tag:blogger.com,1999:blog-5303307482158922565.post782910641147694231..comments2017-11-29T08:25:08.452-08:00Comments on Math Mama Writes...: Sue's Top Ten Issues in Math EducationSue VanHattumhttp://www.blogger.com/profile/10237941346154683902noreply@blogger.comBlogger32125tag:blogger.com,1999:blog-5303307482158922565.post-70143366094154463302014-03-29T09:57:50.743-07:002014-03-29T09:57:50.743-07:00Nice article highlighting the reasons for math pho...Nice article highlighting the reasons for math phobia and the solutions to end it. I totally agree with you on this. People (both children and grown-ups) need to understand that math is not boring, it is recreational. This will make learning math a happy and positive experience. (http://myblogxpedition.blogspot.com/2014/03/math-can-be-recreational.html)sbloggerhttps://www.blogger.com/profile/00943520777853669818noreply@blogger.comtag:blogger.com,1999:blog-5303307482158922565.post-84585335612161849682012-04-04T13:18:18.890-07:002012-04-04T13:18:18.890-07:00Duh. Right up there. I'll edit now. Thanks.Duh. Right up there. I'll edit now. Thanks.Sue VanHattumhttps://www.blogger.com/profile/10237941346154683902noreply@blogger.comtag:blogger.com,1999:blog-5303307482158922565.post-83290341260883552652012-04-03T13:29:33.292-07:002012-04-03T13:29:33.292-07:00Here you are:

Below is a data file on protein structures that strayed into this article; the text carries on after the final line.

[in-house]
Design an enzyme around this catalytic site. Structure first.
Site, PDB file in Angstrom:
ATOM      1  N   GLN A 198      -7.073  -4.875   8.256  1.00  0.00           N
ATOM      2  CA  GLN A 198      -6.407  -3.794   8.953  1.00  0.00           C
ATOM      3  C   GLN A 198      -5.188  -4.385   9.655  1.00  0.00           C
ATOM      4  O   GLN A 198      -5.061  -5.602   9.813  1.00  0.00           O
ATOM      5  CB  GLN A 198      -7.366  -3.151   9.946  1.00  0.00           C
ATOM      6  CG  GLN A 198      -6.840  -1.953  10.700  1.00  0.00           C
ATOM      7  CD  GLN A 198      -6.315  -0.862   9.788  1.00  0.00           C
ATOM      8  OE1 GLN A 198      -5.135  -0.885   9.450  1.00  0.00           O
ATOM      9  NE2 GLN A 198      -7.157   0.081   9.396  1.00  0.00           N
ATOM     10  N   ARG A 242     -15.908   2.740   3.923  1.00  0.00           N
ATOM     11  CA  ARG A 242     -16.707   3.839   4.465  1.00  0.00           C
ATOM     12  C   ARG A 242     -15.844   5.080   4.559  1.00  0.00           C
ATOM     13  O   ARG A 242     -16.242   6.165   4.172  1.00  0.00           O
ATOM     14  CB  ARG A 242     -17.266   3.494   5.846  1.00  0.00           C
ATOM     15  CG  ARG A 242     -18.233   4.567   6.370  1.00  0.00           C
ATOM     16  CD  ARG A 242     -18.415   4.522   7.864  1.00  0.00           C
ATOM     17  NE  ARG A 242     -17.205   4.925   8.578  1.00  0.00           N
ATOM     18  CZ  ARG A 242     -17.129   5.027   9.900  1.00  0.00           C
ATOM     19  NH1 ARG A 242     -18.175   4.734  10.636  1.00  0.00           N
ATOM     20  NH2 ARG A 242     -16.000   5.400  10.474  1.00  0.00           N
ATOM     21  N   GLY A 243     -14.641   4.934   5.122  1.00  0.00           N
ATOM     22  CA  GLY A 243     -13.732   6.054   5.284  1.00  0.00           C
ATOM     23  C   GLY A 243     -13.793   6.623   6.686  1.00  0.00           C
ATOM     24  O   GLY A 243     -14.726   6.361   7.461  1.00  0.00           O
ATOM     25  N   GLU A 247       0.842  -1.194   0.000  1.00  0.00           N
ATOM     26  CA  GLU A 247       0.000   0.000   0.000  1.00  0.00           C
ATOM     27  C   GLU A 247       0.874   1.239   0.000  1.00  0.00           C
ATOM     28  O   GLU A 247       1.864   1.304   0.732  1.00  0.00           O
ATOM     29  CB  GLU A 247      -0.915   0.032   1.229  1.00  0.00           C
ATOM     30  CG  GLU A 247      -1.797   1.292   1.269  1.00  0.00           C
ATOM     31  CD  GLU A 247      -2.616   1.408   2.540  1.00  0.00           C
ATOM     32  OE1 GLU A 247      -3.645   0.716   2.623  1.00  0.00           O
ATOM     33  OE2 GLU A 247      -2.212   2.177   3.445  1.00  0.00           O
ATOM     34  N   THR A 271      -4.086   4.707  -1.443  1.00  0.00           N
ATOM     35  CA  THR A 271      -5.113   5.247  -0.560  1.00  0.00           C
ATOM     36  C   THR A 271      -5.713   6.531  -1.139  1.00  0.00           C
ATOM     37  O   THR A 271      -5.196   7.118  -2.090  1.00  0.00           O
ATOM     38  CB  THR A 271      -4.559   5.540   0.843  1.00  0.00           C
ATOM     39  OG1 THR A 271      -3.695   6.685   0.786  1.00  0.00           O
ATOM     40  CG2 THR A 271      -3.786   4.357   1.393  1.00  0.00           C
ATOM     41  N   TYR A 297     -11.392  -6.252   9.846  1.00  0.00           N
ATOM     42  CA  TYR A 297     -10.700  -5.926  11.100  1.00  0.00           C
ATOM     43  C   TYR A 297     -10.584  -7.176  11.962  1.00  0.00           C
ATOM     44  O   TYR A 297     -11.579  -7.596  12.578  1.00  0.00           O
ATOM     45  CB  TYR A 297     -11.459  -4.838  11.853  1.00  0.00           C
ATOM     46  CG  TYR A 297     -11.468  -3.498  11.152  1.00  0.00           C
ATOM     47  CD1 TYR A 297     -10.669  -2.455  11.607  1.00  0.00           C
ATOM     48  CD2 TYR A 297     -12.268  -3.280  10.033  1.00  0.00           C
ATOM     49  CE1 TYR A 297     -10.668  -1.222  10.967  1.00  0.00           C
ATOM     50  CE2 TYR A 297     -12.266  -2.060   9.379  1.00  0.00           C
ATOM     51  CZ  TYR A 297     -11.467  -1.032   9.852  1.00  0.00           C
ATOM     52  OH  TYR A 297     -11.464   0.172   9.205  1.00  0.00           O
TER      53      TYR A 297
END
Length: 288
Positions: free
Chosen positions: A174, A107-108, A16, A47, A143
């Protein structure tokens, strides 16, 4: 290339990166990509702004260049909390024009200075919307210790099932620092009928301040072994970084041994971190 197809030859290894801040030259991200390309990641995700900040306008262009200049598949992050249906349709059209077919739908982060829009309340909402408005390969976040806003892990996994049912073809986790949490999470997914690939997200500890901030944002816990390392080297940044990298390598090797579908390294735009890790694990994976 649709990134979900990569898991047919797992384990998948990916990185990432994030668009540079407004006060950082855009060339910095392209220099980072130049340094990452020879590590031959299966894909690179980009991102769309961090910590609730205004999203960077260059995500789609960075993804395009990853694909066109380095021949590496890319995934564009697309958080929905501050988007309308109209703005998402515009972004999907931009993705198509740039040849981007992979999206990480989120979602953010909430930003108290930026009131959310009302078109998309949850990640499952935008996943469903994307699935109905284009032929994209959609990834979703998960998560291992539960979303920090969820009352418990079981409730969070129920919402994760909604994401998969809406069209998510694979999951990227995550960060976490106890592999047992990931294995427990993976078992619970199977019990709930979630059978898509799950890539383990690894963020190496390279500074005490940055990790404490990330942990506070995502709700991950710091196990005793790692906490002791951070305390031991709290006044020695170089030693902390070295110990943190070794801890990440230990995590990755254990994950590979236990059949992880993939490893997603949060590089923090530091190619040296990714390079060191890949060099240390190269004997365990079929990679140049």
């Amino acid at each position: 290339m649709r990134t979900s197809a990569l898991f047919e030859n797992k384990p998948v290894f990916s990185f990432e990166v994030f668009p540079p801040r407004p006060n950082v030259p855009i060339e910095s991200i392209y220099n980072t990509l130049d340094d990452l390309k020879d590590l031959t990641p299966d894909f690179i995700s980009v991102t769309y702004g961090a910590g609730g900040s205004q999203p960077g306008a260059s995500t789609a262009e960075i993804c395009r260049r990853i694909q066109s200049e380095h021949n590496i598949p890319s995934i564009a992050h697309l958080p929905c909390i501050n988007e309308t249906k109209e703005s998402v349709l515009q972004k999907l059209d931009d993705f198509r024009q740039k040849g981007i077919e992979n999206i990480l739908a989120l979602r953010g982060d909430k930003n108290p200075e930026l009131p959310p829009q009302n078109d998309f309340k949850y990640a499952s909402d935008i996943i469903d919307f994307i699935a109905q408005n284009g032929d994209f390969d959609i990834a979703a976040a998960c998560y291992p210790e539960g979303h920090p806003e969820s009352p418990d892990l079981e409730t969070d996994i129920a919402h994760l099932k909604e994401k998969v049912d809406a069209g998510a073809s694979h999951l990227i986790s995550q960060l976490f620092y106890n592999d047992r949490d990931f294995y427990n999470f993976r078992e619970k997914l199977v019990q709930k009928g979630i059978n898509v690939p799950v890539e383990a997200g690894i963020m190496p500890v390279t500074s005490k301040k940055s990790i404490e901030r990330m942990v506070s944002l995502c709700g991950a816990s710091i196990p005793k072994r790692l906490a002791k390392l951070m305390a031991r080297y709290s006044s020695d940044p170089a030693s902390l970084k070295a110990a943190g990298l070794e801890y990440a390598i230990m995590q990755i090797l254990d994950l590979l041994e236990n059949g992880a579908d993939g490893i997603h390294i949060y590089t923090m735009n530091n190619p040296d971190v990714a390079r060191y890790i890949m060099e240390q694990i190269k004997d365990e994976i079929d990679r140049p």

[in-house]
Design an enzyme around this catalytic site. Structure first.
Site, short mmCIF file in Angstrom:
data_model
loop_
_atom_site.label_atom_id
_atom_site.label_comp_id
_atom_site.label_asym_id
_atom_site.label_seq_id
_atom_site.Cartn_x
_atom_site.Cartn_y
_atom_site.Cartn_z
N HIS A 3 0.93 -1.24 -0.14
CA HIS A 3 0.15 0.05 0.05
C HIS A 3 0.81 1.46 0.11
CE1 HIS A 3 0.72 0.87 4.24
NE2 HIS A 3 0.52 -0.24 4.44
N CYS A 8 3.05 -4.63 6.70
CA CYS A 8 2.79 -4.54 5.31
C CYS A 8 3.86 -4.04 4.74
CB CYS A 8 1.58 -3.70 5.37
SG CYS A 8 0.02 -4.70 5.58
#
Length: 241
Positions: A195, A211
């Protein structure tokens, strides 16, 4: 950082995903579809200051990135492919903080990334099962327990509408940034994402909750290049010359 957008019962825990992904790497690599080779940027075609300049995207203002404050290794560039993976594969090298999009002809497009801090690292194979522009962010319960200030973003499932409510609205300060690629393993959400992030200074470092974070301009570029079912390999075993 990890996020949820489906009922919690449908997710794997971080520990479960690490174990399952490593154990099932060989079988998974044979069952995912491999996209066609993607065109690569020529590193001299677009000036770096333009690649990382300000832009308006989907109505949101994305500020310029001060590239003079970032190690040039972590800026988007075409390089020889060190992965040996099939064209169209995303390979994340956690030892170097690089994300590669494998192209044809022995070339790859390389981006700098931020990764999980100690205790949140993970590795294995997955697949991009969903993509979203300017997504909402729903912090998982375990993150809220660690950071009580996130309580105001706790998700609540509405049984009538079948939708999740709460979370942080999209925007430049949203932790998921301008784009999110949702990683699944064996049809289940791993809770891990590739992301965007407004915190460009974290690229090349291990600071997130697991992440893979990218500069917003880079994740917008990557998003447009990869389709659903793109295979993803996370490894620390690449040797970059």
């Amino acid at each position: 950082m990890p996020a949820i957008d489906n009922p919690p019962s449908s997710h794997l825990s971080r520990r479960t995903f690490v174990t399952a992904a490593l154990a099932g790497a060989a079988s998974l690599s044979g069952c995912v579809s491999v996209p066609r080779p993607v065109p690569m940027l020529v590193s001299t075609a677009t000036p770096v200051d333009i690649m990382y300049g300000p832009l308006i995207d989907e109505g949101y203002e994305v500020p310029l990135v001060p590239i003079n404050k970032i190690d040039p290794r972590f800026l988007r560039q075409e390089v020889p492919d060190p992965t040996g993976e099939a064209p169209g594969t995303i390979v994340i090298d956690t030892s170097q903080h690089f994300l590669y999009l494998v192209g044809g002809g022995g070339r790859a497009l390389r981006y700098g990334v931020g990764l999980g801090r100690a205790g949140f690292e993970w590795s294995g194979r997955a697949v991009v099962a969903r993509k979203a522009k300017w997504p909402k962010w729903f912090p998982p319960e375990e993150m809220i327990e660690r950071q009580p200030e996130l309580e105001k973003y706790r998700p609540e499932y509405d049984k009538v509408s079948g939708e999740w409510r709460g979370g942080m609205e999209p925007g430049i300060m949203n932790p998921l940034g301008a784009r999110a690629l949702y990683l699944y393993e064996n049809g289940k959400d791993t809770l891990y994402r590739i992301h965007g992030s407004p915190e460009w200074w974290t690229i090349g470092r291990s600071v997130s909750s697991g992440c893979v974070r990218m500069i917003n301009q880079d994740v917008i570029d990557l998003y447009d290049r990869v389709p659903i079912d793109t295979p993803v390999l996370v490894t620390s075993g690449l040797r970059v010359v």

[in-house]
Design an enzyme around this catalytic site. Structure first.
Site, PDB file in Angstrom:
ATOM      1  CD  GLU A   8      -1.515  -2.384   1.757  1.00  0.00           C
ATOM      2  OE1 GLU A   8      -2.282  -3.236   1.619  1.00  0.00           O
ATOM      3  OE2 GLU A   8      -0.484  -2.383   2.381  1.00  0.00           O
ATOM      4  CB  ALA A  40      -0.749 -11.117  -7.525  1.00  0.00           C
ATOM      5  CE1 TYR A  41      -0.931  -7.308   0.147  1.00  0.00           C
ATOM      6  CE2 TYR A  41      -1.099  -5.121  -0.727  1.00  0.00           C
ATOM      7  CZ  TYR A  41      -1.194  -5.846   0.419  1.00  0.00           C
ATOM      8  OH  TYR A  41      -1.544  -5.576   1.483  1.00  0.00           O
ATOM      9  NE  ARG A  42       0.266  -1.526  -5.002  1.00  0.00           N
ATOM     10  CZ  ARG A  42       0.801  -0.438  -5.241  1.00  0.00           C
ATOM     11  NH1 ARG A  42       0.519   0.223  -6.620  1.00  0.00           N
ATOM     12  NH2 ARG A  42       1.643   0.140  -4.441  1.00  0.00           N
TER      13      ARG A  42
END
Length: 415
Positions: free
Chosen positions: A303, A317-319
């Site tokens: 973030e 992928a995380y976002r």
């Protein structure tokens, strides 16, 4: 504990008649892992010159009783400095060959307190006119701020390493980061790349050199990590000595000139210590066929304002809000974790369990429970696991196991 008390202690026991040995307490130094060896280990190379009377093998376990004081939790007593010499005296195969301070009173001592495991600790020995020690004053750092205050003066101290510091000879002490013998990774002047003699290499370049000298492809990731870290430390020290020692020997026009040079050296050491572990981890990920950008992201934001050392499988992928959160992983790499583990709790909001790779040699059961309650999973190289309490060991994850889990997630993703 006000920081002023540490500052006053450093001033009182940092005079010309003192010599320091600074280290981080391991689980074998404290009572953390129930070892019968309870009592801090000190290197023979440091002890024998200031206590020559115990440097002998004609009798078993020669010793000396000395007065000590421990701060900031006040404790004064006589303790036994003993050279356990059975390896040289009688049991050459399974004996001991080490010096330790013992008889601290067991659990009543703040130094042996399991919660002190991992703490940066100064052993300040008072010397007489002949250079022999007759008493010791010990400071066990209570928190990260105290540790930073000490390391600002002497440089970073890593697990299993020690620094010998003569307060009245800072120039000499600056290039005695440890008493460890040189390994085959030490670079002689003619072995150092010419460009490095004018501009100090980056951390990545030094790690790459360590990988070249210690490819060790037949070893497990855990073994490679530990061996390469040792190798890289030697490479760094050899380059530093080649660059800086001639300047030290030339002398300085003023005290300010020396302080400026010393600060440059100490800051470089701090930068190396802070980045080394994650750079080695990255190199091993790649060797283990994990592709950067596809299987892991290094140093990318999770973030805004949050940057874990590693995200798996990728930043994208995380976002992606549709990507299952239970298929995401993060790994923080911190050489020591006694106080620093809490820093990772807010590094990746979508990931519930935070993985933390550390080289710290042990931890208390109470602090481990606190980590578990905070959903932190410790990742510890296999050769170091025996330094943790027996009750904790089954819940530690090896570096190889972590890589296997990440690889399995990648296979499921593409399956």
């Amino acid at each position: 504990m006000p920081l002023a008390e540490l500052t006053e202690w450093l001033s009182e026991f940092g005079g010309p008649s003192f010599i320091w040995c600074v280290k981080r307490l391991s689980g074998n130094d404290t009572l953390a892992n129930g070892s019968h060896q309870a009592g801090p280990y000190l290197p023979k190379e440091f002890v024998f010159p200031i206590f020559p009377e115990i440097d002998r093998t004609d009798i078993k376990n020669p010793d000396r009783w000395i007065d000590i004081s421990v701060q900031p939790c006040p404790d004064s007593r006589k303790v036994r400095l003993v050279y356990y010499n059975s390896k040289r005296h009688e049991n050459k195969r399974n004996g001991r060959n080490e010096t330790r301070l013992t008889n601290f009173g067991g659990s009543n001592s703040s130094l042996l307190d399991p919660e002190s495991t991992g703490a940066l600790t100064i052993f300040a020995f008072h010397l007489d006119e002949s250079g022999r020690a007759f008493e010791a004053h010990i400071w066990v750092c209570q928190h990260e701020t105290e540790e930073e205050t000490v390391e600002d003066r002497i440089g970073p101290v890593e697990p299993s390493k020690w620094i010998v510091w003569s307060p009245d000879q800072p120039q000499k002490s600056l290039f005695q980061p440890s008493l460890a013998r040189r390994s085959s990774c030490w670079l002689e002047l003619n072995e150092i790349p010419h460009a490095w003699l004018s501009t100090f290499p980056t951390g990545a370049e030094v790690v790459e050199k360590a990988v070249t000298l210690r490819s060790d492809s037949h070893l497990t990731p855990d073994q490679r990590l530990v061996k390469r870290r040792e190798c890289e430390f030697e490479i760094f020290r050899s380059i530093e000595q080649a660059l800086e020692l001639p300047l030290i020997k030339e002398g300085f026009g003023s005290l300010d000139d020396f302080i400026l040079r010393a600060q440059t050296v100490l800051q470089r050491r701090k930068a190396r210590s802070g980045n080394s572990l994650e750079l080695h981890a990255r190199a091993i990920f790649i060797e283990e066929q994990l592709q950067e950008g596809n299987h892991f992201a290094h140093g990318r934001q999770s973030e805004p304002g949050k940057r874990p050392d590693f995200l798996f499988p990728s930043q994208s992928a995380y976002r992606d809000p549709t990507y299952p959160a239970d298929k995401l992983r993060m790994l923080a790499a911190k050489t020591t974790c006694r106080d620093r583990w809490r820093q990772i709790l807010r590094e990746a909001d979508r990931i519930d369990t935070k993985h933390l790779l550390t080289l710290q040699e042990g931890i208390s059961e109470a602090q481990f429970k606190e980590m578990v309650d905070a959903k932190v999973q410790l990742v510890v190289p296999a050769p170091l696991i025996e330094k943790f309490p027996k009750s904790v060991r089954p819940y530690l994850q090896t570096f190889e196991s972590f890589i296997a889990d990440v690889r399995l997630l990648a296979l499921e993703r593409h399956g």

"Why does a quadratic (y=x2), w...Here you are:<br />"Why does a quadratic (y=x2), which gives a U-shaped parabola as its graph, have the same sort of U-shaped graph after you add a straight line equation (y=2x+1) to it? (This was a recent blog post somewhere. I can't find it, though. Can someone point me to it?)"JJhttps://www.blogger.com/profile/16829561981417320165noreply@blogger.comtag:blogger.com,1999:blog-5303307482158922565.post-18120492528239174552012-04-03T10:41:57.664-07:002012-04-03T10:41:57.664-07:00Umm, where did I ask for a reference? I'm sure...Umm, where did I ask for a reference? I'm sure I did, but I'm not remembering...Sue VanHattumhttps://www.blogger.com/profile/10237941346154683902noreply@blogger.comtag:blogger.com,1999:blog-5303307482158922565.post-15966369069208470242012-04-02T04:58:43.113-07:002012-04-02T04:58:43.113-07:00Hi, Sue, as I dig deeper in your blog I keep findi...Hi, Sue, as I dig deeper in your blog I keep finding worthwhile posts. <br />I think I've found the reference you'd asked for:<br />this video by James Tanton explains the U-shape of the general quadratic:<br /><a href="http://www.youtube.com/watch?v=SA61hmwUD8I" rel="nofollow">All Quadratic Graphs are U-shaped</a>JJhttps://www.blogger.com/profile/16829561981417320165noreply@blogger.comtag:blogger.com,1999:blog-5303307482158922565.post-81062444197002186622012-01-31T05:53:07.228-08:002012-01-31T05:53:07.228-08:00I wish I had some advice to offer you, but I don&#...I wish I had some advice to offer you, but I don't know anything about how life works there, and wouldn't be able to say anything useful to you.<br /><br />Good luck.Sue VanHattumhttps://www.blogger.com/profile/10237941346154683902noreply@blogger.comtag:blogger.com,1999:blog-5303307482158922565.post-6364961745794370672012-01-30T22:03:08.571-08:002012-01-30T22:03:08.571-08:00We're from Singapore and as you know there is ...We're from Singapore and as you know there is much talk about the country's success in Math Olympaid and the like.<br /><br />However, I would like to share that the way math is taught here is darn boring. Typical scenario is:<br />Teacher teaches concept, show method to solve problem and after that it's just lots and lots of drills and practice to ensure you get your A's for exams.<br /><br />I see so many interesting ways that you guys make math fun for the kids and I wish this can be done here.<br /><br />The problem with the way math learning is done here is that they pile up so much in the syllabus at the primary level. Only the smart ones can cope well, the rest just work like hell. Also, there is so much emphasis on mathematical heuristics which I feel, some kids are not quite ready for it at a young age. So in the end, they just get as much exposure as they can from practicing and memorise all the diff methods. That is not learning to think, it's just learning how to be a robot and react to a problem as quickly as possible so you can finish the exam paper in time.<br /><br />My daughter is 11 and a gifted child. Many times she discovers ambiguity in the questions in the teacher's worksheets. I told her this is a good learning situation and she can discuss with your teacher. I'm dismayed that the teacher just tell her to use a particular interpretation because that fits the answer. She refuse to admit that the question has a problem. That is ridiculous. I feel all learning should be interactive between kids and teachers and I"m so so disappointed the teacher just kill a kids curiousity like that.Anonymousnoreply@blogger.comtag:blogger.com,1999:blog-5303307482158922565.post-57727505081033184462011-08-29T12:32:12.672-07:002011-08-29T12:32:12.672-07:00Sue, I understand why Dr. Marty directed me to you...Sue, I understand why Dr. Marty directed me to your blog!! I'll need to come back to this post and leave comments... Wow! Say it Loud and Proud....POWEROrgMathhttps://www.blogger.com/profile/12495180918850995961noreply@blogger.comtag:blogger.com,1999:blog-5303307482158922565.post-74375728621806203772011-04-21T08:42:37.591-07:002011-04-21T08:42:37.591-07:00"most of this is done wrong in most classroom..."most of this is done wrong in most classrooms" Agree! If you really want to teach kids math you need to be creative enough and not just stick to standard kind of teaching. Make it more interactive and challenging through different activities and games.. Thanks for the lists.Math Software For Kidshttp://www.mathsoftwareforkids.comnoreply@blogger.comtag:blogger.com,1999:blog-5303307482158922565.post-78645757150811451442010-03-11T06:13:33.182-08:002010-03-11T06:13:33.182-08:00it sounds like one-right-answer is part of what dr...it sounds like one-right-answer is part of what drew you to math in the beginning. for me, i was less one-right-answer than "the teacher can't tell me i'm wrong, and i can tell her she's wrong (if she is)." heady power for a kid. <br /><i>this looks like, not only the same</i><br />ballpark, <i>but the same</i> foul line.<br /><i>(our answers match almost exactly;<br />here again is "math is the authority".<br />it looks to me... and it may just be<br />another kid-with-a-hammer<br />obsession-of-the-day... like<br />to the extent that we differ at all<br />in discussions around "can there<br />really be foundations?", one big<br />issue is *context dependence*.<br />"is it *always* such-and-such"<br />asks the student.<br />and we have an opportunity to<br />do *philosophy* of math:<br />"hold on... there is no 'always'...<br />what type of object *is*<br />blahblahblah?"<br />[student stares dumbfaced as if<br />you have betrayed them: you're<br />"getting all mathy" on them].<br />now you've gotta make a decision.<br />go back to plain english and confusion<br />(usually this is the *right* option, <br />so don't get me wrong here)<br />or remind them once again...<br />and make it stick a little better...<br />that by "always" one means something<br />like<br />"every monic trinomial"<br />or<br />"every continuous function"<br />or<br />"all the equations in the exercise set"<br />or<br />some particular thing<br />with<br />dammit, a *name*.<br />and that we can't mean what we say<br />until we can say what we mean and<br />that this occurs much less often than<br />people think but it's easily remedied<br />if you'll just take some bloody care<br />once in a while like a math geek<br />and that one of our best tricks is <br />specifying the universe of discourse.</i><br /><br />3*4=13 isn't wrong if you're in base 9. i love finding what's right in a wrong answer. it's a good use i've put my arguing skills (lawyer for a daddy) to as a teacher. i can say "it sounds like you're thinking about this other sort of problem." i can show a student the right thing they did among the wrong thing(s).<br /><i>a great trick indeed.<br />so i'll put my mojo on it.<br />"your answer would be marked 'wrong' <br />*in the context*<br />of a [graded] base-ten calculation"<br />("... but *we* know... even if your<br />silly dont-blame-me-those-are-the-rules<br />*grader* doesn't know or care... that<br />we're clever enough, not only to <br />understand what's wrong<br />*in base ten context*<br />can be made right by <br />*changing* the context to base 9...")<br /></i><br /><br />programming would be a draw for some kids. papert saw it that way, too. i don't think it's "the answer" for all kids. and can you imagine a teacher saying "your program is wrong" because it doesn't match the model 'right answer'? yikes!<br /><i>only for the ones who want to know how computers work (loops and logic); right. the "authority" here typically comes from "what happens when you run the code" (and not from the teacher's pet peeves as happens all too often in elementary math); this is a Good Thing.</i>owenhttps://www.blogger.com/profile/09249915192605437832noreply@blogger.comtag:blogger.com,1999:blog-5303307482158922565.post-77281524890347849962010-03-08T19:51:52.316-08:002010-03-08T19:51:52.316-08:00it sounds like one-right-answer is part of what dr...it sounds like one-right-answer is part of what drew you to math in the beginning. for me, i was less one-right-answer than "the teacher can't tell me i'm wrong, and i can tell her she's wrong (if she is)." heady power for a kid. <br /><br />3*4=13 isn't wrong if you're in base 9. i love finding what's right in a wrong answer. it's a good use i've put my arguing skills (lawyer for a daddy) to as a teacher. i can say "it sounds like you're thinking about this other sort of problem." i can show a student the right thing they did among the wrong thing(s).<br /><br />programming would be a draw for some kids. papert saw it that way, too. i don't think it's "the answer" for all kids. and can you imagine a teacher saying "your program is wrong" because it doesn't match the model 'right answer'? yikes!Sue VanHattumhttps://www.blogger.com/profile/10237941346154683902noreply@blogger.comtag:blogger.com,1999:blog-5303307482158922565.post-62002139460571997332010-03-08T18:57:49.481-08:002010-03-08T18:57:49.481-08:00My son is thinking so much about what I'd call...My son is thinking so much about what I'd call place value these days. "60 and 60 is 120, right?" "Yep." No writing - at home, anyway. Lots of mathematical thought.<br /><br />I've long been puzzled by your emphasis on "the code". Maybe someday I'll get it... :^)<br />---sue v.<br /><br />maybe today!<br /><br />the "places" of "place value" are<br />places *in* certain symbol strings!<br />it sure doesn't matter that you<br />*speak* of such strings without<br />having actual *written* code<br />in front of your actual eyes...<br />that's not what i'm always <br />going on about at all...<br /><br />60+60=120<br />presumably gets its interest<br />from 6+6=12,<br />together with, right,<br />the "place value" concept...<br />*as it manifests in base ten*.<br /><br />now of course you and your kid<br />don't have to have spoken of<br />bases-other-than-ten for <br />the essential *role* of "ten"<br />in discussions of place value<br />to have become quite clear<br />all around.<br /><br />"what's so special about ten?"<br />i can now imagine asking <br />some kid of the same age<br />if i were lucky enough to<br />know any...<br />and i'd sure enough expect<br />(maybe with a *little*<br />stack-the-deck prompting<br />from me) pretty soon to<br />start hearing about the<br />role of *zero* (in, again,<br />certain symbol-strings).<br /><br />and when our conversations<br />*without* written work begin<br />to break down... and if we<br />still *care*... why then,<br />we'll break out some *pencils*<br />and take a look:<br />"what do you mean, *precisely*?".<br /><br />we've been talking about code all along.<br /><br />tangent.<br />calculating with numbers<br />is the very *model* of<br />one-right-answer-ism:<br />3*4=13<br />is just flat-out wrong.<br />and this is our greatest strength.<br /><br />in principle, anything worth <br />talking about passionately<br />in a math class should have<br />the *same* character:<br />there *is* a right answer<br />if we could only find it.<br /><br />in order to have this happen,<br />we have to agree on things.<br />we *can't* agree... and be<br />*sure* we agree... and be *right*...<br />without certain so-called "rigorous<br />definitions": marks on paper<br />(generally; otherwise<br />*verbatim verbal formulas*<br />memorized syllable-for-syllable<br />[mostly... i don't seek a <br />"rigorous" definition of "rigor"...<br />"one is *this* many"<br />and its ilk (so-called "ostensive <br />definitions") are all the rigor <br />we can *get* sometimes]).<br /><br />generally the "rigor" one speaks of<br />is... i think... pretty *close* to the<br />being-able-to-calculate-it-out-like-a-computer<br />thing i spoke of (with reference to<br />elementary arithmetic) a moment ago.<br />and this comes from "code".<br /><br />again. our power in mathematics<br />comes to an amazing extent from<br />being-able-in-principle to emulate<br />some doesn't-know-anything-*but*-code<br />*machine*.<br /><br />now i'm as much of a luddite as the next<br />guy, if the next guy figures the wrong turn<br />was somewhere around "domesticated animals".<br />but one *glaring* benefit of computers<br />in math ed is that students will work<br />for *hours* on getting code letter-perfect<br />(if they know no human being can see<br />their failures happening), that wouldn't put<br />in five *minutes* of homework on paper<br />without getting so frantic about each <br />"move" that they fall apart before even<br />getting started. it's that "interactivity".<br />this used to break my heart but it's true.<br /><br />if schools were for clarity,<br />command-line programming<br />would begin in about first grade.<br />it's much *easier* than almost<br />any other thing you can do <br />with a computer (which is why<br />it emerged much *earlier*<br />than the hugely-user-unfriendly<br />[from a "code" point of view]<br />*graphical* interfaces that<br />erased it from the national<br />consciousness in around 1984).<br /><br />(somebody mention "logo".)<br /><br />math *is* hard.<br />but it's much easier than anything else.<br />because we've got *all* the certainty.<br />(programming on this model<br />is of course a subset of math).<br /><br />otAnonymousnoreply@blogger.comtag:blogger.com,1999:blog-5303307482158922565.post-11662238046992255072010-03-07T19:08:02.334-08:002010-03-07T19:08:02.334-08:00Maria, I loved your list.